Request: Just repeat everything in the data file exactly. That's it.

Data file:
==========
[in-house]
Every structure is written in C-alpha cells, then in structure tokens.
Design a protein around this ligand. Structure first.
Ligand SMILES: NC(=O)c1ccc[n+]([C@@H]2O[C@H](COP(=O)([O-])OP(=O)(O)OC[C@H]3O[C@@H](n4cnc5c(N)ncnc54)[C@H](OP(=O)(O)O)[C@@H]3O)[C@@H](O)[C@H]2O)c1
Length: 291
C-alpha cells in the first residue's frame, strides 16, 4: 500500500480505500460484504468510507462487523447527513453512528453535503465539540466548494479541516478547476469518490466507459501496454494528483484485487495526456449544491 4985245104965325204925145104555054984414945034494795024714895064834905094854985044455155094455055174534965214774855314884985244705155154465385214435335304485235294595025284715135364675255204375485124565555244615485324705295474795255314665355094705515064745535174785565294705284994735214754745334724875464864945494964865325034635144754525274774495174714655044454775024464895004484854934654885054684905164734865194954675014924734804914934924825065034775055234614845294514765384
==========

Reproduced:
[in-house]
Every structure is written in C-alpha cells, then in structure tokens.
Design a protein around this ligand. Structure first.
Ligand SMILES: NC(=O)c1ccc[n+]([C@@H]2O[C@H](COP(=O)([O-])OP(=O)(O)OC[C@H]3O[C@@H](n4cnc5c(N)ncnc54)[C@H](OP(=O)(O)O)[C@@H]3O)[C@@H](O)[C@H]2O)c1
Length: 291
C-alpha cells in the first residue's frame, strides 16, 4: 500500500480505500460484504468510507462487523447527513453512528453535503465539540466548494479541516478547476469518490466507459501496454494528483484485487495526456449544491 4985245104965325204925145104555054984414945034494795024714895064834905094854985044455155094455055174534965214774855314884985244705155154465385214435335304485235294595025284715135364675255204375485124565555244615485324705295474795255314665355094705515064745535174785565294705284994735214754745334724875464864945494964865325034635144754525274774495174714655044454775024464895004484854934654885054684905164734865194954675014924734804914934924825065034775055234614845294514765384